This is the last of the forty-nine gates we must pass through before entering Shavuot, the festival of the giving of the Torah. It is the day that asks us to confront the most deeply held questions about our identities: Are you living a life in which you constantly strive to take the next step in your own growth? Are you the champion of your own life?
It seems deeply appropriate to me that this week has been bookended by people who show the qualities of intentional growth and heartfelt conviction. Last Shabbat morning, twelve adult men and women from Temple Beit HaYam stood before the congregation as b'nei mitzvah—adult children of our tradition. This coming Friday night, ten young people will lead our congregation's service at their Confirmation. I have worked with both groups over the course of the last year. Although the two groups are separated by a lot of years, and by significantly different motivations, they have in common the quality that I call Jewish heroism.
A Jewish hero is not necessarily a person who scores the winning point or who runs into a burning building to save a life. In Jewish tradition, a hero is, most importantly, a person of conviction—a person who lives his or her life with dedication to doing what is right and with deep understanding that a meaningful life is spent in service to something beyond self. A Jewish hero is a person who becomes the champion of his or her own life. This is the quality of the last day of the Counting of the Omer, and it is the quality I have seen in our adult B'nei Mitzvah students and in our Confirmation students.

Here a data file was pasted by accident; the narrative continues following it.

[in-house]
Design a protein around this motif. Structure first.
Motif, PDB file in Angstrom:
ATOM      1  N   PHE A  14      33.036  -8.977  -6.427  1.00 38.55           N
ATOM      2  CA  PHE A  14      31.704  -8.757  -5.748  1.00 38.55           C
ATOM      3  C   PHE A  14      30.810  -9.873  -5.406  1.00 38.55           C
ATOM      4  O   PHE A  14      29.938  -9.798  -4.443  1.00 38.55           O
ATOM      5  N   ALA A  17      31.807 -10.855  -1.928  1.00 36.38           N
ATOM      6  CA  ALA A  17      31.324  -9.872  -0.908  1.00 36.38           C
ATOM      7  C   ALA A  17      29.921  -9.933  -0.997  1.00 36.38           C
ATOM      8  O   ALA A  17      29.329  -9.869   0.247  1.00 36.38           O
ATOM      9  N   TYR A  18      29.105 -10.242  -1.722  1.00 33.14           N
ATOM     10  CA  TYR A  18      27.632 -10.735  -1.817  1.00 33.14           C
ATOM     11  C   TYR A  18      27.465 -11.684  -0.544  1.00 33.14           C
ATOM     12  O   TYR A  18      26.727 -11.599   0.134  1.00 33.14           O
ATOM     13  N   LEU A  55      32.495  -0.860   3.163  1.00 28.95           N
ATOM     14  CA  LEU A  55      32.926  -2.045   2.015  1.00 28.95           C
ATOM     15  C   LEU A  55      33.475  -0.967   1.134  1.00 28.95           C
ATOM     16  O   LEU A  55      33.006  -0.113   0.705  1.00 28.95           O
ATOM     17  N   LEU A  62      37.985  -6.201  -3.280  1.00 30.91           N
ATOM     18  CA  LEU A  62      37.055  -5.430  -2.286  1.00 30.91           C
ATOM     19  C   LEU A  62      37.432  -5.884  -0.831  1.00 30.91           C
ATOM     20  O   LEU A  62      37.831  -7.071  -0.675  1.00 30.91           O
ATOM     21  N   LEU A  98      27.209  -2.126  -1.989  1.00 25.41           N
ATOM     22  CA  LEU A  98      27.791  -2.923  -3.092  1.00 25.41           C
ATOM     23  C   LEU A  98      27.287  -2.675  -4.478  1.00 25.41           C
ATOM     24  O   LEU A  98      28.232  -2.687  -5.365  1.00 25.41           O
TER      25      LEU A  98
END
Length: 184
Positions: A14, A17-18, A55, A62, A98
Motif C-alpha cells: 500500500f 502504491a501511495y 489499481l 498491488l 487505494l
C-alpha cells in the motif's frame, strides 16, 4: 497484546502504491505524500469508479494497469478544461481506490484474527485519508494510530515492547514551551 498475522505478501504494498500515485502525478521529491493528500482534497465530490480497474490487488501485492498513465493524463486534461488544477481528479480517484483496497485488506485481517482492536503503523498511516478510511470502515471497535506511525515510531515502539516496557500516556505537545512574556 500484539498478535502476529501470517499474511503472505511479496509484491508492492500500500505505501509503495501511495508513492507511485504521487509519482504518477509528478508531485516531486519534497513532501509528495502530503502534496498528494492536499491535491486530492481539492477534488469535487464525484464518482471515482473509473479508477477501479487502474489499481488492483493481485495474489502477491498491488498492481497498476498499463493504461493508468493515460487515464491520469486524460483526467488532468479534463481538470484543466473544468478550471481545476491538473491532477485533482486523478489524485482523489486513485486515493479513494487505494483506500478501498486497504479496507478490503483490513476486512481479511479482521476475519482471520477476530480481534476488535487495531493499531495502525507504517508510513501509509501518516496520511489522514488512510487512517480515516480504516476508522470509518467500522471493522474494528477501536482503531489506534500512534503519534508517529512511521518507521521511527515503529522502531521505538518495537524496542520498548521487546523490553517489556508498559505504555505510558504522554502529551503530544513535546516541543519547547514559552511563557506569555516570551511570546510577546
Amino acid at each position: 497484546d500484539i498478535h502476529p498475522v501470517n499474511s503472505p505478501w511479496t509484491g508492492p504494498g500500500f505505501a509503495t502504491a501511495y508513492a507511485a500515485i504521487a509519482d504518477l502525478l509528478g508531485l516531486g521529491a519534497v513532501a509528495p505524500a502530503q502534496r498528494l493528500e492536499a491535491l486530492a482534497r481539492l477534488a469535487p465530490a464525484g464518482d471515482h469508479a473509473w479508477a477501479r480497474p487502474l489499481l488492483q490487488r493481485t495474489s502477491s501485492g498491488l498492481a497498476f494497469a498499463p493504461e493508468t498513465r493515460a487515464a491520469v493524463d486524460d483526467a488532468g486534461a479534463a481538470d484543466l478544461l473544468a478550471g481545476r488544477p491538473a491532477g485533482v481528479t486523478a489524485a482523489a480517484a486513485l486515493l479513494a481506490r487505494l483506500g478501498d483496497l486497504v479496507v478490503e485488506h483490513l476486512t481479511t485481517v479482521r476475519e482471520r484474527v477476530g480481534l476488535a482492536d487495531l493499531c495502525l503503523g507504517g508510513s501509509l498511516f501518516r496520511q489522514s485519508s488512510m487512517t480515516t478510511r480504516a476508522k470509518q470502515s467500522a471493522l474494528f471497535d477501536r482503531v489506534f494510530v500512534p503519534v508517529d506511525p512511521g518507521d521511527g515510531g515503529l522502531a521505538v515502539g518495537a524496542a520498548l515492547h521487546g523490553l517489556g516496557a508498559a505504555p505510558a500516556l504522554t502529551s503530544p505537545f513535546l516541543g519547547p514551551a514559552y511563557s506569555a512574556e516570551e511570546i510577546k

That's what I heard on Saturday morning as one man described how becoming a bar mitzvah was a way of fulfilling a promise he had made to himself decades earlier, when he felt inadequate to the task of saying Kaddish for his father. It is what I heard when a woman in our class talked about her grief after the murder of her son, how she was not able to recover until she learned to let go of anger and rediscover faith.
It is what our congregation will hear this Friday night from our Confirmation students. Each of them will stand before the congregation with personal statements that announce what it is they intend to confirm about themselves. Here is a small preview:
• "I would like to confirm that I will stay true to the Jewish dream. I will not let anyone tell me or make me do something that I don’t wish to."
• "I would like to confirm my place is in not just in the Jewish community, but the world. I wish to change things."
• "I am a Jew, and all of Jewish history is part of my identity. By learning our history, I confirm myself. This is who I am."
These fourteen- and fifteen-year-olds are heroes, too. They are a model for us all of living a life of conviction and spirit. As we await the giving of the Torah tomorrow night, we are encouraged to take up the challenge, as they have, to live as the heroes of our own lives.
Other Posts on This Topic:
Counting from Freedom to Covenant: Nobility
Ki Tetze: Each of Us Fights a Battle